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Banished review
by Pal Rasms

   Banished is one of my all time favorite city builders. You're put in charge of a group of people cast out from their medieval society, forced to start a new life in the randomly generated wilderness.
   Unlike other city simulators you have no direct control over your citizens, as you can only assign jobs to them. This makes it hard to get things done hastily (not that anything in Banished is accomplished with anything resembling speed) and makes the game much more difficult than most others in the genre, since the goal is less about building a sprawling city and more about keeping your populace alive and kicking. Maintaining a careful balance of jobs and resources is crucial to avoid having your town fail before you can get it off the ground. Each new home you build allows for a new couple to move in, and since your villagers breed like rabbits, it's crucial to not expand too quickly, as you'll soon have too many mouths to feed and not enough food to go around. It's incredibly easy for a town to crash and burn, and once famine or hypothermia or disease begins to decimate your populace the domino effect will make it hard to recover.
   Eventually, all towns will fail. Even if you manage to dodge famine or plagues or anything else the game throws at you, at some point you'll run out of room to expand and your population will become too old to have more children. There's a constant feeling of impermanence to the game as a result, and that's okay! Everyone gets bored of their town at some point in every city-builder. Banished is a lot more about seeing how long you can last, rather than how expansive and impressive your city can become.
   The difficulty (which can be tweaked, either through settings or mods) makes the game much more intriguing as a light strategy game. However, once you've "solved" the game, no matter how hard it's been made, the difficulty becomes almost trivial from that point on. There's a lot of crop and animal types to collect through trading, but after a certain point they're mostly for breaking up the monotony of the fields rather than providing any real tangible benefits.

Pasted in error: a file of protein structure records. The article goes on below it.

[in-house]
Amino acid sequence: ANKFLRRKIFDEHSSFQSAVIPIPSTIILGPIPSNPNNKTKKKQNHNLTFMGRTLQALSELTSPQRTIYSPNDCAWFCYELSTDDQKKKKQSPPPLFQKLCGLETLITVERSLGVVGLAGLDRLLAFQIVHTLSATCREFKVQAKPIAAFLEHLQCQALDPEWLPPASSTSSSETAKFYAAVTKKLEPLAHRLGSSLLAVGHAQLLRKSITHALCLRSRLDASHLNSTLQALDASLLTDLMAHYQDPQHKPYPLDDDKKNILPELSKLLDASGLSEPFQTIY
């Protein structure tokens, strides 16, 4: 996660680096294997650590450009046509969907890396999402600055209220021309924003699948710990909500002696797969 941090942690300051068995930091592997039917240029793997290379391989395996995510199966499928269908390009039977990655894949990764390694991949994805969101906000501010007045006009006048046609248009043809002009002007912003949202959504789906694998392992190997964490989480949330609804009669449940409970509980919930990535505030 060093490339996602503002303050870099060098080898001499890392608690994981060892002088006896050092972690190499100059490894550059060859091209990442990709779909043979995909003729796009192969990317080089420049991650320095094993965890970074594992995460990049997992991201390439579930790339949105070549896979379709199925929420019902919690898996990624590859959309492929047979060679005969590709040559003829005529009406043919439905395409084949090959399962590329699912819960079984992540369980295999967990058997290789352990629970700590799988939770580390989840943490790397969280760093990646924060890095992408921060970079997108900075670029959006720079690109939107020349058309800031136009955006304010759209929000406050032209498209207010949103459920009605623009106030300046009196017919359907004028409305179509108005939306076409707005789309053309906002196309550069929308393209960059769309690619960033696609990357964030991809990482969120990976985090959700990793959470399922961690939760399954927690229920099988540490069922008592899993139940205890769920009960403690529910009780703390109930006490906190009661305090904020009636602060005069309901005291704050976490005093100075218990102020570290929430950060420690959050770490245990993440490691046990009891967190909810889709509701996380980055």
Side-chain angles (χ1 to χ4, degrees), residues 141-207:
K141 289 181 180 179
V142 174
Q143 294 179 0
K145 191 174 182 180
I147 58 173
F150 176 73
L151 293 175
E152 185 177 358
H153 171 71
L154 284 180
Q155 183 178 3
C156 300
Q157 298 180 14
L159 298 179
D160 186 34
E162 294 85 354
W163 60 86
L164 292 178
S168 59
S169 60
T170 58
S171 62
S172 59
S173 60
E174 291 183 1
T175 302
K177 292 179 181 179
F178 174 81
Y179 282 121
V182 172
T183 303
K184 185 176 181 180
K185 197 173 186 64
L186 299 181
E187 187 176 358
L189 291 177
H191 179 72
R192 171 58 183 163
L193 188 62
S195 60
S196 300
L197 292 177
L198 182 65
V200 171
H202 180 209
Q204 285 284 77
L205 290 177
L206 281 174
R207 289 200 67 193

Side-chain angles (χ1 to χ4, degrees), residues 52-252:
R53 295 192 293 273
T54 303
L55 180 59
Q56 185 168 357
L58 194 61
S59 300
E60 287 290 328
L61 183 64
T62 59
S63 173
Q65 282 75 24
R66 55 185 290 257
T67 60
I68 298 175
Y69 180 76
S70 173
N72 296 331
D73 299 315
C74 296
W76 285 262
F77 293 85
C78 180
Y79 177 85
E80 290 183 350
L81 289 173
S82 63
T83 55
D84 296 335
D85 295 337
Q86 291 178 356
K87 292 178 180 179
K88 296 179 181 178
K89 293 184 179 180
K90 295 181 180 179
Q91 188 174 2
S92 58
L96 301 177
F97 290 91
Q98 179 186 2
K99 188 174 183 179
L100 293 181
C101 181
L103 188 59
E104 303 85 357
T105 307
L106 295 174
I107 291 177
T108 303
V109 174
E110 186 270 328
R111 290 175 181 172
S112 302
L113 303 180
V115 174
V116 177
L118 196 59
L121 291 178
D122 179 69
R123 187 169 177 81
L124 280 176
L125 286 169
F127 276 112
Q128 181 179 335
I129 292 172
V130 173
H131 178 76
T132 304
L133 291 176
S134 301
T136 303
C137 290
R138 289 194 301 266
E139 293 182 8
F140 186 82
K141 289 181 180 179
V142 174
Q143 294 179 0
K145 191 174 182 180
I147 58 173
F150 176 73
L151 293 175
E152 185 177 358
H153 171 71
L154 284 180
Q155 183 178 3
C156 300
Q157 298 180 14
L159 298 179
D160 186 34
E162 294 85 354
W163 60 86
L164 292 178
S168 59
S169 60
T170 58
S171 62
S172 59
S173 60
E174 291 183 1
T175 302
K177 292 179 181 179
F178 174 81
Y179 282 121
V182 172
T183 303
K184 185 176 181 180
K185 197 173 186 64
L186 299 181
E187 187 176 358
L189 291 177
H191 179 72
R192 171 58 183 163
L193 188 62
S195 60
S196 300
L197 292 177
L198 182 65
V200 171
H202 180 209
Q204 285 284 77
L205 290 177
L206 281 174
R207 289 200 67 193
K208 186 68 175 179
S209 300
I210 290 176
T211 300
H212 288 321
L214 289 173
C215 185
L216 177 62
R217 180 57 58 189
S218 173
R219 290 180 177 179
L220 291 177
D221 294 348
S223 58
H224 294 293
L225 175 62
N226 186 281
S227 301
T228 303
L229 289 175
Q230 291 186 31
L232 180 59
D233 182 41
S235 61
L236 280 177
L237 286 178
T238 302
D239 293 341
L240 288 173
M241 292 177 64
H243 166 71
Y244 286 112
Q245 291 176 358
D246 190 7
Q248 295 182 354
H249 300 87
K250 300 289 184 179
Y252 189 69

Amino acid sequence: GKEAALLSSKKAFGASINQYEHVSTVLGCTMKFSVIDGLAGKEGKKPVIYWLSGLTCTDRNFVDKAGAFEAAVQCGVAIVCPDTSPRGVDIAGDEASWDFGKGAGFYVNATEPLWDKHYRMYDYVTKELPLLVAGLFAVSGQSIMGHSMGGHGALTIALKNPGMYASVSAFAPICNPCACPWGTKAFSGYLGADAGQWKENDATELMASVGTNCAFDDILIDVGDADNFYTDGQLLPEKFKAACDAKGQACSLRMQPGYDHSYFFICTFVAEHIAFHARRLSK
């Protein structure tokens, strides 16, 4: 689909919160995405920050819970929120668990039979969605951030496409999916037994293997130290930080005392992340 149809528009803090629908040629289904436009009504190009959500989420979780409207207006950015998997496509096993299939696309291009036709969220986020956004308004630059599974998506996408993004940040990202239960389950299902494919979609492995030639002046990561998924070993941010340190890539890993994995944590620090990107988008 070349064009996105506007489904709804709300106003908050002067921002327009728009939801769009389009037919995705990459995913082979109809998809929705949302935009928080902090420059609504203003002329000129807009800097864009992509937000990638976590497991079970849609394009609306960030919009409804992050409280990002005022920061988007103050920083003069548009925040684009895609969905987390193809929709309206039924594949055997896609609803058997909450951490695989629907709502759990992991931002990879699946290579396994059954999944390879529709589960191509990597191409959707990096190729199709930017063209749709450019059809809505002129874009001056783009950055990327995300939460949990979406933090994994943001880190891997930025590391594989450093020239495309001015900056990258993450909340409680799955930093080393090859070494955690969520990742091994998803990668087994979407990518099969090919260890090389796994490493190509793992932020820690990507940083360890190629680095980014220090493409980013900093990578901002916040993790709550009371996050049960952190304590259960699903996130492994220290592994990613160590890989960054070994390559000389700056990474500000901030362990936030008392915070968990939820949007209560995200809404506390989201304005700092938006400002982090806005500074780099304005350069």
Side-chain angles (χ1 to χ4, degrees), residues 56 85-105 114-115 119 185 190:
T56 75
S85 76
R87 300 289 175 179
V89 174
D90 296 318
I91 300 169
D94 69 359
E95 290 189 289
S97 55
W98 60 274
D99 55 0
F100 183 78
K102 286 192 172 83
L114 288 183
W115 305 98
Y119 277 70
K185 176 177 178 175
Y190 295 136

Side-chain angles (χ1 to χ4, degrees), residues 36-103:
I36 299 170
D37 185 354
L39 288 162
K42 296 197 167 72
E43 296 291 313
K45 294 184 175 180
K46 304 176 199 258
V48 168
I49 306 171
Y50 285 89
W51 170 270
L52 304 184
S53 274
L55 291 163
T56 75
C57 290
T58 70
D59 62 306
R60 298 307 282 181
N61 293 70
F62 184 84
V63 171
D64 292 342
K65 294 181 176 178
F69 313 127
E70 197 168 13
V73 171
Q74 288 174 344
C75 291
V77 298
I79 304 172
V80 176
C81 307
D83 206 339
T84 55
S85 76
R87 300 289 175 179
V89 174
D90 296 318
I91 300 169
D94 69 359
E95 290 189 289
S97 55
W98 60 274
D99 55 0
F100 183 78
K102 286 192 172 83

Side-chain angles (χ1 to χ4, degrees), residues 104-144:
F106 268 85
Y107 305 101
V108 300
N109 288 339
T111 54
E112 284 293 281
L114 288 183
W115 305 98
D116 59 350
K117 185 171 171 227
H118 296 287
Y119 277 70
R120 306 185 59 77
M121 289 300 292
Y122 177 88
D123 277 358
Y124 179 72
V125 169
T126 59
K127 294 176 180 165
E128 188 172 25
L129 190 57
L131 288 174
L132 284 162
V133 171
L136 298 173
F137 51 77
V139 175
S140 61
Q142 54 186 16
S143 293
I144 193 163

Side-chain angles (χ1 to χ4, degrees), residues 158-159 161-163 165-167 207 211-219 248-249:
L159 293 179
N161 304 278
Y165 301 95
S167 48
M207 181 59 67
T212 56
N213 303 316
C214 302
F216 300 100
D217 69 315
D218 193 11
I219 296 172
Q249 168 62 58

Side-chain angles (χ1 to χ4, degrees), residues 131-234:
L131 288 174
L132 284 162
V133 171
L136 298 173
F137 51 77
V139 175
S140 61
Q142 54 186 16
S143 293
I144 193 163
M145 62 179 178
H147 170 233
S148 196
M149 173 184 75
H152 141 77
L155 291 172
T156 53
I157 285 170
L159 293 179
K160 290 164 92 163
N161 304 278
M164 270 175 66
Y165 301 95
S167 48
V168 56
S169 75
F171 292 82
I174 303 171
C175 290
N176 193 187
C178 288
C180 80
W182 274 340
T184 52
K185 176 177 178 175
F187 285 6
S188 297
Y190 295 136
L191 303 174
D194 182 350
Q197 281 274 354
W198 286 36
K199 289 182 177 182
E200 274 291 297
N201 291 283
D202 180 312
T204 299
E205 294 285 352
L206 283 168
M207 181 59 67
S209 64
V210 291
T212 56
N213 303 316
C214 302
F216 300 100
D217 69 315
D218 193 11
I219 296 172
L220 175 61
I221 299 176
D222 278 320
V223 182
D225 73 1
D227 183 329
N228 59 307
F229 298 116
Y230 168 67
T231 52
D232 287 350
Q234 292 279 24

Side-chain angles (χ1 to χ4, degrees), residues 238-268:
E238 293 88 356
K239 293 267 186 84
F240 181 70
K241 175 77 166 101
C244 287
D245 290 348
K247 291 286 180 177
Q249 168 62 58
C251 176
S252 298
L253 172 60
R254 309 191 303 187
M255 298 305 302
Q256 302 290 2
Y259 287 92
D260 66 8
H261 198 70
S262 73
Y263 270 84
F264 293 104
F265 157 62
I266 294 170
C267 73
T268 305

The trading system might be the weakest part of the game. After a trading post is built, boats will start showing up from time to time with a random assortment of resources to barter for. On the harder difficulties, towns start without any farm animals; crucial for the development of a town. Sometimes they'll offer up sheep (or cows, or chickens) to trade on the first boat, but I've gone for in-game decades before finding them before. It's one of the most aggravating parts of the game, as a city's growth can be hampered by nothing more than bad luck.
   Banished might not have the same long-term appeal as games with cities that can last forever, but it's the one I've returned to the most over the years.

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Microsoft from Deutsch
It's just one of the most awesome Games on the survival market! Just something else. You start your Village with 5-20 People, some Of them children, and first try to build Them friends for the Winter, as well as to collect Raw Materials. Fire for Heating and Building, Stones for Building. Then you build a Field and plant it so that you have Food for the Winter, when the stored Supplies run out. The Game starts very leisurely and quiet. The Farmers are busily doing their Jobs, as are the Children. For my Part, I had started too slowly to build Houses for the Couples of my Village so that they could live There alone (who likes to proliferate In a Homeless Shelter with 20 Inhabitants?). After a few Years, 20 of my 40 Inhabitants passed away at old Age and 10 froze the following Winter, as workers were not enough To Collect Wood. Of the remaining 10, 5 were in the Working Age who starved to death a short Time later. So I started again and expanded faster. The Problem now was that I built houses too quickly and so quickly came into the World Descendants who didn't work but ate for them. After a few Winters I also exrotated the Village. These are the first Problems you face in this Game. In Addition, there are diseases, poor Harvests or general Scarcity of Raw Materials. So all in All, this Game doesn't make it very easy. These Problems are further expanded with the Individuality of the Characters. Because if a Parent Couple loses all three Children in a Winter or because of Illness (and best of all, there is no cemetery), then they are more likely to stroll across the Marketplace or through the Village than work what turns out to be catastrophic Could if you don't have enough free Workers available to do their Jobs. In Contrast to Sim City, the Inhabitants have their own Houses and their Family and do not go arbitrarily to a House where "there is still Space." The Atmosphere this Game creates ranges from melancholy to peaceful and happy-all just through the hustle and bustle of The Workers and the-absolutely ingenious-music. I'm just realizing I should have made a Plan for myself, which is what I want to write ... Well, never mind. If you are still reading now, and want to have a Buy recommendation, you should get it: KUT YOU THIS ABSOLUT GELUNGENE MEISTERWERK! It is not important to generate money as in other City Development Games, but to really keep everything in Order! And compared to other survival games, your only Enemy here is just nature-so the Weather, Diseases (only take in Nomads if you have enough Pharmacies!) and the (not always abundant) raw Materials. There are no Murders, no aggressive Animals or Cyborgs, no Russians, Amis or Nazis who want to kill you, apart from the Merchants who sometimes demand unmetered goods as an Equivalent! So far, I have only once managed to build a City in over 100 Years, which has 800 Inhabitants and which-except for small Corrections every now and then-works completely for itself. 10/10 Points for this Masterpiece!